9 PerspectivesDecember 12, 2008
It was a hot Friday afternoon in Miami, and everyone but the mediator had a flight to catch. The lawyers on the other side knew what they were doing, but we weren’t closing the gap. Sometimes impasse is a good thing, but not here — four conference rooms and a reception area full of lawyers needed to settle, but our steady path to resolution had stopped abruptly. What was the other side up to?
As our mediation closed, the mediator made a proposal — a “mediator’s proposal.” I knew immediately why we had reached an impasse. As I look back on that settlement it’s clear that, as effective as mediator’s proposals might have been back in the day, they aren’t the tool they used to be.
The “Mediator’s Proposal” Defined
Most mediators and settlement veterans know a mediator’s proposal when they see one, but the parties and their lawyers need to understand what it actually represents. First, my definition of “mediator’s proposal,” based on the those I have responded to over the years:
A mediator’s proposal is a set of settlement terms advanced by a mediator in an effort to settle a dispute when the parties have reached an impasse. The mediator’s proposal is made on a double-blind basis to all parties in separate communications; the parties are asked to accept or reject the terms as proposed, with no modification or counteroffer, within a specific time frame.
The typical mediator’s proposal leaves those involved with only two possible outcomes: settlement or continued impasse. But before you respond to the proposal, do you know what it represents?
What Does The Mediator’s Proposal Represent?
Some mediators’ proposals reflect the mediator’s belief of what would happen at a trial of the case, but the concept means something different to others. Richard Webb at the Healthcare Neutral ADR Blog tells us the mediator’s proposal represents “the mediator’s sense of a fair allocation of the remaining ground between the parties, and not an opinion of how the entire conflict would be resolved in court.” Vickie Pynchon tells us it’s a number that she believes “the Plaintiff is likely to accept and the Defendant is likely to pay.” And my mediator in a recent lawsuit gave us a handout that landed somewhere between the two:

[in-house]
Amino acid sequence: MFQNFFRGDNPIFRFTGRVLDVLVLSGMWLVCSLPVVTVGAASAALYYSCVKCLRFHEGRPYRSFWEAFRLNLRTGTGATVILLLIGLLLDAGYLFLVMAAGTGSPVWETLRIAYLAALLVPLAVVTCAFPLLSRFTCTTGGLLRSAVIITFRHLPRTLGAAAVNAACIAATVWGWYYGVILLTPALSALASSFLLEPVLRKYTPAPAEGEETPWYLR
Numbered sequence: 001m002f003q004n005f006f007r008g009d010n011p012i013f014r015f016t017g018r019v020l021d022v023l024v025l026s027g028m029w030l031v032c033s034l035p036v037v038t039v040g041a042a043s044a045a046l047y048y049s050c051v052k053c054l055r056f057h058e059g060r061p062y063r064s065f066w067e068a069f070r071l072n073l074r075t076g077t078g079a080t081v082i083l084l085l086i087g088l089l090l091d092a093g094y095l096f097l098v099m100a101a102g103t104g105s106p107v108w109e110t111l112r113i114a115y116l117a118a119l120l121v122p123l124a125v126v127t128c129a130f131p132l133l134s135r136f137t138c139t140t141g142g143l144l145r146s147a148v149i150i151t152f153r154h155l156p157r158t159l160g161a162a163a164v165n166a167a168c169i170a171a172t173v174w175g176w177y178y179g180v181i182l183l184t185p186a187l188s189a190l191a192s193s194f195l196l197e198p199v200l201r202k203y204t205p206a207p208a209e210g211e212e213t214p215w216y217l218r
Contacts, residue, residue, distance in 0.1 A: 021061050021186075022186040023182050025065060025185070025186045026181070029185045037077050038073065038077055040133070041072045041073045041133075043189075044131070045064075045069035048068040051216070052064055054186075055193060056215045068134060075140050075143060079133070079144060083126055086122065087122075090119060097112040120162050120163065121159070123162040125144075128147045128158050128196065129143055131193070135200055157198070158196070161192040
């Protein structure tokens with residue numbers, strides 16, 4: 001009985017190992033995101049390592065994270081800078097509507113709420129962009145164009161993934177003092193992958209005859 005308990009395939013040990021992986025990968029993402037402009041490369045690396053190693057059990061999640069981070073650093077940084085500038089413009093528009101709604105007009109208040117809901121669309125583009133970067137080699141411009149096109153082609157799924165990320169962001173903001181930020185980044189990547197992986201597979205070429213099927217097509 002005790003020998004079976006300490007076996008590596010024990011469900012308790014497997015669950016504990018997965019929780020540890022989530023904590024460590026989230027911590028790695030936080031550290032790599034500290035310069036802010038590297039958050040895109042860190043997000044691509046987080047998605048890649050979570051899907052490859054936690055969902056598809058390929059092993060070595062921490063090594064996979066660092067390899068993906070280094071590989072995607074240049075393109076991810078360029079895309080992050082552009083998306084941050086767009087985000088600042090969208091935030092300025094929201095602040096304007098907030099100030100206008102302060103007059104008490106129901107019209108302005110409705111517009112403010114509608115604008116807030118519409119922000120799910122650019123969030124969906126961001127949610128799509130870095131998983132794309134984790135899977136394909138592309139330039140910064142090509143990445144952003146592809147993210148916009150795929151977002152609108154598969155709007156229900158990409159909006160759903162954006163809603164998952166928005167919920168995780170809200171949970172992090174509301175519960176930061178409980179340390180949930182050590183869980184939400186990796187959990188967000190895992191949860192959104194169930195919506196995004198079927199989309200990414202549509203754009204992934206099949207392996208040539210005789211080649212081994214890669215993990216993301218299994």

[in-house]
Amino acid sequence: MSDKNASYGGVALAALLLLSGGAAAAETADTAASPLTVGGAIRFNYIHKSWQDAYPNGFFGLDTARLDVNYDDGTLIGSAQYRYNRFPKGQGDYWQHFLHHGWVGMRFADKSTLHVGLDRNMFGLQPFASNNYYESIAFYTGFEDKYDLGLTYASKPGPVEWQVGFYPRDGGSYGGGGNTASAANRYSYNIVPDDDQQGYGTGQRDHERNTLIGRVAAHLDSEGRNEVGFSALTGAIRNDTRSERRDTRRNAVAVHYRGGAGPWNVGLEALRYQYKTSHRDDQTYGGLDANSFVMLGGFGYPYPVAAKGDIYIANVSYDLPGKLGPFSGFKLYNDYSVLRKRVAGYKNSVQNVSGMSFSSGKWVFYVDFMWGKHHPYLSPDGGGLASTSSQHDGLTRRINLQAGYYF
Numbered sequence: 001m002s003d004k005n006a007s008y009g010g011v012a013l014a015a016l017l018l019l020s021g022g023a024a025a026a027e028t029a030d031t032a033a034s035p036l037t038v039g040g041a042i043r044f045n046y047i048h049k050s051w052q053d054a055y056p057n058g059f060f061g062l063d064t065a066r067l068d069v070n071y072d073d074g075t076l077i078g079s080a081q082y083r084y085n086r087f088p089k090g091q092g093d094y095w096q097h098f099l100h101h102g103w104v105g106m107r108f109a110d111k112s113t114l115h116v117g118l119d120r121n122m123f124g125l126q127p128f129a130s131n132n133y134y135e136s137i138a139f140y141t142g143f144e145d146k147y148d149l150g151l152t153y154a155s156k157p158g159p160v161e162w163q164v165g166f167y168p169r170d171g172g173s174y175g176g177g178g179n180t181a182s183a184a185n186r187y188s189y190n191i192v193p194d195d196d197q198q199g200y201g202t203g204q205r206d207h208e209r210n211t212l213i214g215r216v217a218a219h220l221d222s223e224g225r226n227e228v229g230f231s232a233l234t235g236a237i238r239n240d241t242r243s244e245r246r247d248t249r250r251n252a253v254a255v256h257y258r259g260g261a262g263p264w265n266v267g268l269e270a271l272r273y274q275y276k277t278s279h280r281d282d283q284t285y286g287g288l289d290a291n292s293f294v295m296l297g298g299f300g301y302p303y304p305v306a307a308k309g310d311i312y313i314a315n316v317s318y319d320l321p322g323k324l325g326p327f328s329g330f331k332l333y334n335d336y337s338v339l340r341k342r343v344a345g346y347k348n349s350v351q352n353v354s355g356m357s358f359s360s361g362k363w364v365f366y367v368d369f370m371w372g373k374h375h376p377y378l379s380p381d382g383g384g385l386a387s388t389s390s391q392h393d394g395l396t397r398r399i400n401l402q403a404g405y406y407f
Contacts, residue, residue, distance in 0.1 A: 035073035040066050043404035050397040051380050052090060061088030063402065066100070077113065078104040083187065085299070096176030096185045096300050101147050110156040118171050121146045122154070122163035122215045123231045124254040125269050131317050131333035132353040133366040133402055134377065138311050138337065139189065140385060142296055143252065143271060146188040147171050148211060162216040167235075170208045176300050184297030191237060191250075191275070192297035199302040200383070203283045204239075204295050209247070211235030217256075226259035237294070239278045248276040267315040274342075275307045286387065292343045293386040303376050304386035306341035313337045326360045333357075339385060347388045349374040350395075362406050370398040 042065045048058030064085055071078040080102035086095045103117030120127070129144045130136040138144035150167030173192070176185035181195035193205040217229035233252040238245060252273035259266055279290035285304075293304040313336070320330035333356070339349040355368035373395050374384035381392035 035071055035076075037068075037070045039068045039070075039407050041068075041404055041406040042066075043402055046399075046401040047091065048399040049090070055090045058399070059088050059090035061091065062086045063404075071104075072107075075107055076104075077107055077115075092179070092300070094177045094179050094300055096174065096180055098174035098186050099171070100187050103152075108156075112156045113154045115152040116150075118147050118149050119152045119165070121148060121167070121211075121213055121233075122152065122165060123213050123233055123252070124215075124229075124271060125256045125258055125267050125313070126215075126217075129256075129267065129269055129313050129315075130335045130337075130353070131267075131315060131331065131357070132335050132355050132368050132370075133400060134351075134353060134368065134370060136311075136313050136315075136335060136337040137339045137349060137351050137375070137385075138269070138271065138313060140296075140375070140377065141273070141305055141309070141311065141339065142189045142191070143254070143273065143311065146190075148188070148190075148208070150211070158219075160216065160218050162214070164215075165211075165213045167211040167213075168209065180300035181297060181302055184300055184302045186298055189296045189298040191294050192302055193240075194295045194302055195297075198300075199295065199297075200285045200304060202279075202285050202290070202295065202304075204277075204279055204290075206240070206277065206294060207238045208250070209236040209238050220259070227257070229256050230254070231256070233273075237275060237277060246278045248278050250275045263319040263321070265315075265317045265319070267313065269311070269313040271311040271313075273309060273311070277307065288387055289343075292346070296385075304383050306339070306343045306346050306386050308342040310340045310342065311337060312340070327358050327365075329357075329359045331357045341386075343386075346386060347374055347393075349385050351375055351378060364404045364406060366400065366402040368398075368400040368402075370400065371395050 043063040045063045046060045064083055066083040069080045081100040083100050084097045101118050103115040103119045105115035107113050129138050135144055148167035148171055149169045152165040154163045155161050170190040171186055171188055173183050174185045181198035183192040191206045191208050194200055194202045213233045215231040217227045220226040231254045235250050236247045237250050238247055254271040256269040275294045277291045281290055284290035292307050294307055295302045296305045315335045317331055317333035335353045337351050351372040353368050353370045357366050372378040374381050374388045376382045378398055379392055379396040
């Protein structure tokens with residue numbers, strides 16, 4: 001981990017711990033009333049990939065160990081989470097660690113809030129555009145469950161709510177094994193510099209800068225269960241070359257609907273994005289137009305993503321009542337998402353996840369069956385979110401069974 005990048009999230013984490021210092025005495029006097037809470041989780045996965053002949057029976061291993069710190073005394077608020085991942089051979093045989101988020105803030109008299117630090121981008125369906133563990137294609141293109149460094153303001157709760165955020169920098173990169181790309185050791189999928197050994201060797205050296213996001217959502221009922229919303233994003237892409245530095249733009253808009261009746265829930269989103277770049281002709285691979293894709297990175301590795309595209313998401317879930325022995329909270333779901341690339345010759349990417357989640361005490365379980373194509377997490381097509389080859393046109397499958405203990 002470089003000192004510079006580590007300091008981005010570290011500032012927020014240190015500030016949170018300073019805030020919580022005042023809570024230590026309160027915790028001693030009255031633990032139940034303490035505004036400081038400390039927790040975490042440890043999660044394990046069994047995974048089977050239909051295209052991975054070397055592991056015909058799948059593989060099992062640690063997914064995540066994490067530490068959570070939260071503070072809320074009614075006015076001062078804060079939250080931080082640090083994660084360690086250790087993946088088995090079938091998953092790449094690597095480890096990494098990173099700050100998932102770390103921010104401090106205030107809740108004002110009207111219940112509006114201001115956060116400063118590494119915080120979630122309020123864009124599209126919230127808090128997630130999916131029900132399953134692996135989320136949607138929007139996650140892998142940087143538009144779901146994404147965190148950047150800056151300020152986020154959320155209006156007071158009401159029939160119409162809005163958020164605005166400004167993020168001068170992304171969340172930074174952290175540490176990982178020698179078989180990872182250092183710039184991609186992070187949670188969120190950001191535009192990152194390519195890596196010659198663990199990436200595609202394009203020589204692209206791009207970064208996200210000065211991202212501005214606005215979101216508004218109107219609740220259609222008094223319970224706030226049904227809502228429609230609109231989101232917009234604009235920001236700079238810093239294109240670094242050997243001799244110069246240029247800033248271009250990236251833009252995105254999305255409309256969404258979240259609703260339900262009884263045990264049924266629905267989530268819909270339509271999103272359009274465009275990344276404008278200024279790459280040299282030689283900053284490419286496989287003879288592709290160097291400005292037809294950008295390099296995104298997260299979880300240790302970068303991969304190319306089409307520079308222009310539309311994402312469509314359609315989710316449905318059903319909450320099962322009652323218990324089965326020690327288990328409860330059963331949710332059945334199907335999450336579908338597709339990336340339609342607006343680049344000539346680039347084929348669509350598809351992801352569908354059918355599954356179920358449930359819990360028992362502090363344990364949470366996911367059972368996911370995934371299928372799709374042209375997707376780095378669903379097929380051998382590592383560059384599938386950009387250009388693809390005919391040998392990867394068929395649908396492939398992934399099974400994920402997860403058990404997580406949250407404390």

This “Mediator’s Settlement Proposal” does not necessarily reflect my opinion of the settlement value of the case. Rather, it simply represents a proposal which may be within the “reach” of all of the parties, although slightly beyond the amount preferred by either party.
No matter how well-intentioned your mediator, this final shot at breaking the impasse may be what created the impasse in the first place.
Spy vs. Spy
Once upon a time the Mad Magazine cartoon “Spy vs. Spy” provided a humorous take on the arms race. Spy White’s efforts met Spy Black’s response, but the response was precisely what White expected, falling in perfectly with his preplanned counter-countermeasures. And so on.
The mediator’s proposal is no different — parties now know the mediator’s proposal is coming, so savvy negotiators angle for an advantageous impasse rather than a settlement. Compromise is no longer the goal of the mediation exercise; instead it becomes a play to the “neutral,” whose power to craft the mediation proposal will make her the real decisionmaker:
- In cases where the mediator’s proposal will be based on who will pay what, the parties — or worse yet, one party — will spend valuable time and effort constructing an impasse when, in the absence of a mediator’s proposal as a fallback, he might have actually achieved a compromise settlement; or
- In cases where the mediator’s proposal will be based on the value of the case, no one has an incentive to be candid with the mediator — so positions become more important than interests; or
- In cases where the parties aren’t sure what will drive the mediator’s proposal, they dig into their positions and hope for impasse — with the most likely result being a mediator’s proposal predicated on those positions.
Given the countermeasures the mediator’s proposal has generated, it seems we might not be any better off than we were when we started. But Spy vs. Spy taught us that when we were 12.
And as for my mediation in Miami, I’ll let you guess whether we were angling for that mediator’s proposal, too.